As noted above, a caliber .45 or 44 will be noticably lighter than the .357mag (.38 shooter). Just get the rifle in an 18" barrel length. they are available new, with a bit of a wait.

 

You can probably come up with a formula to determine the weight savings by milling the barrel, based on the OD of the barrel vs. your intended mill-down OD. Fluting the barrel would probably save less weight than milling down the entire barrel (or even a major section of it) AND, a fluted barrel may prove to be an illegal modification anyway. But, even if it is not illegal, the effort of finding out by going through that process probably eliminates the idea anyway.

 

Balance is a significant consideration. You might save some weight by having the stock drilled, but my guess is it would be coming off the wrong end of the rifle and wouldn't be enough to matter, since the weight problem as I see it, is the balance of the weapon on the front, less-supported end. My 18", Uberti Win73 octagon barreled rifle, in .357 caliber is pretty well balanced with that shorter barrel, however it was heavy enough for a 22 year old cutie about 5.6, 125 lbs, without back problems, who I was teaching to shoot cowboy, to make note of it and have to stop for a minute or two. Of course, she was hold the rifle longer than we take to shoot stages, so that's a consideration, too.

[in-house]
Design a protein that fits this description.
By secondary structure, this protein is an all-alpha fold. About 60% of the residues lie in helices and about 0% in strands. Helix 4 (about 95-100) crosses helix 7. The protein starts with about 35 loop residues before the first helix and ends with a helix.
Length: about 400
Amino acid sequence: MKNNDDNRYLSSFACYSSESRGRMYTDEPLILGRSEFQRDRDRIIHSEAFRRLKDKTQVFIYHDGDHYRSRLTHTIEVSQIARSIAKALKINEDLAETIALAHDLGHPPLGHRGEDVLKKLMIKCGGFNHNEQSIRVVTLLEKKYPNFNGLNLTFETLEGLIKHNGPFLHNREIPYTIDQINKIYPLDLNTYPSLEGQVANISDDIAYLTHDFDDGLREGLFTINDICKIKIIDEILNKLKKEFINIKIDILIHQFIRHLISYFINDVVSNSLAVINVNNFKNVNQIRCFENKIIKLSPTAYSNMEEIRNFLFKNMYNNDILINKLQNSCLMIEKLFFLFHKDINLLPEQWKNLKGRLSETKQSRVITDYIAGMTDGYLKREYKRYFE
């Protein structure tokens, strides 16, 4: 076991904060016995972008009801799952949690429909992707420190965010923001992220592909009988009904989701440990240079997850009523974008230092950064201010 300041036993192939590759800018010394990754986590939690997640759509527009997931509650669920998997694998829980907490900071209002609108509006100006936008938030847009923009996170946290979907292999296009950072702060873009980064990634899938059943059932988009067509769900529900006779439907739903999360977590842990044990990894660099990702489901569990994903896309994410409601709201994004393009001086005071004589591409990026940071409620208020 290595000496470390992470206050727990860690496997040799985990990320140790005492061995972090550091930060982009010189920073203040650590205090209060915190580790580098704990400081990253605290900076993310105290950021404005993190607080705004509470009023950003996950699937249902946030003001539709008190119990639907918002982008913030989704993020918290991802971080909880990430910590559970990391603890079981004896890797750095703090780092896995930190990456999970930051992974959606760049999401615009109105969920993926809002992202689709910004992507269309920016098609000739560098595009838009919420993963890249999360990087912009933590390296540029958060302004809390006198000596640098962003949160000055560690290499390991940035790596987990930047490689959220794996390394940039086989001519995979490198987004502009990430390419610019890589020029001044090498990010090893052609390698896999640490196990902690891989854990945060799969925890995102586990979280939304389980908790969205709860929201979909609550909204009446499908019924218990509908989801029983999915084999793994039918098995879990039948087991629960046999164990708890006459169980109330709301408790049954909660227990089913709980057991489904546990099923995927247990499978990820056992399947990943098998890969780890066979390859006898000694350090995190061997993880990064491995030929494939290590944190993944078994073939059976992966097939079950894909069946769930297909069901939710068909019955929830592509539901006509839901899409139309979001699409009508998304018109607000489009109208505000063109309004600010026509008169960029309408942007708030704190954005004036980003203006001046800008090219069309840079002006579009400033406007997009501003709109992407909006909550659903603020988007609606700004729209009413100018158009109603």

Try to borrow someone's 18" rifle (not carbine) and have her fire it. Remember, length of pull can add to the balance problem and the the stress on your wife's back.

 

Recommendation? I believe there might be a 16" barreled Uberti "brush rifle" available out there somewhere. You might have to have someone work the magazine or get you a shorter spring(?) to make that magazine hold ten (10) rounds of .38 special. Remember to use overall length (oal) of the ammo you are reloading as a benchmarke for reviewing that magazine tube.

 

Best wishes.......

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If it's for Momma, give her what she wants!

I personally love the way my lighter carbine handles.

👍👍👍

Miss Behavin' shoots a 16" carbine with this mod. It's a lite little sucker. Still a few ounces heavier than a 18" marlin carbine.